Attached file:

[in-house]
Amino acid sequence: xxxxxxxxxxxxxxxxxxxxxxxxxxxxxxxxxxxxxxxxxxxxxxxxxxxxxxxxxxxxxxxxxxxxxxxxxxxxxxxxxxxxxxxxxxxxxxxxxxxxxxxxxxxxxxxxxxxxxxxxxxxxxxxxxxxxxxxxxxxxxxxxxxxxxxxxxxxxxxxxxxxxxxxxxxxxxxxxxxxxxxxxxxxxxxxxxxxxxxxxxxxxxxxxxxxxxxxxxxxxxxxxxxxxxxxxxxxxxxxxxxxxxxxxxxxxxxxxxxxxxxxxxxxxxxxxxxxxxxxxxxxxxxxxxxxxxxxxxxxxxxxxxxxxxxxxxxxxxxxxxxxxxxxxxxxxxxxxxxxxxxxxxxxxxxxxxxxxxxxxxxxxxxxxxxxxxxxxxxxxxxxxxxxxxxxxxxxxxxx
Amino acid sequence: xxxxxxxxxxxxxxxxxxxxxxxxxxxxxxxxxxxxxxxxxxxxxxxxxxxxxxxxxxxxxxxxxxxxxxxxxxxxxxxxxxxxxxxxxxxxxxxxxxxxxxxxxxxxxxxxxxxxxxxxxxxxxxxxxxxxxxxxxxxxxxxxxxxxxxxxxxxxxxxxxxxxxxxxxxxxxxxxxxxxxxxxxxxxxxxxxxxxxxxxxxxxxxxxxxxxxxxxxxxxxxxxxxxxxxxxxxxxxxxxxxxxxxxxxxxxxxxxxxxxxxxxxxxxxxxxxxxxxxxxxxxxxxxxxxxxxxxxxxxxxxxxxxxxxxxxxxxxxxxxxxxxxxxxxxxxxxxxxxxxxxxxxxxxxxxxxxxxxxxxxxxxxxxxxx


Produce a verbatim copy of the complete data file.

[in-house]
Amino acid sequence: xxxxxxxxxxxxxxxxxxxxxxxxxxxxxxxxxxxxxxxxxxxxxxxxxxxxxxxxxxxxxxxxxxxxxxxxxxxxxxxxxxxxxxxxxxxxxxxxxxxxxxxxxxxxxxxxxxxxxxxxxxxxxxxxxxxxxxxxxxxxxxxxxxxxxxxxxxxxxxxxxxxxxxxxxxxxxxxxxxxxxxxxxxxxxxxxxxxxxxxxxxxxxxxxxxxxxxxxxxxxxxxxxxxxxxxxxxxxxxxxxxxxxxxxxxxxxxxxxxxxxxxxxxxxxxxxxxxxxxxxxxxxxxxxxxxxxxxxxxxxxxxxxxxxxxxxxxxxxxxxxxxxxxxxxxxxxxxxxxxxxxxxxxxxxxxxxxxxxxxxxxxxxxxxxxxxxxxxxxxxxxxxxxxxxxxxxxxxxxx
Amino acid sequence: xxxxxxxxxxxxxxxxxxxxxxxxxxxxxxxxxxxxxxxxxxxxxxxxxxxxxxxxxxxxxxxxxxxxxxxxxxxxxxxxxxxxxxxxxxxxxxxxxxxxxxxxxxxxxxxxxxxxxxxxxxxxxxxxxxxxxxxxxxxxxxxxxxxxxxxxxxxxxxxxxxxxxxxxxxxxxxxxxxxxxxxxxxxxxxxxxxxxxxxxxxxxxxxxxxxxxxxxxxxxxxxxxxxxxxxxxxxxxxxxxxxxxxxxxxxxxxxxxxxxxxxxxxxxxxxxxxxxxxxxxxxxxxxxxxxxxxxxxxxxxxxxxxxxxxxxxxxxxxxxxxxxxxxxxxxxxxxxxxxxxxxxxxxxxxxxxxxxxxxxxxxxxxxxxx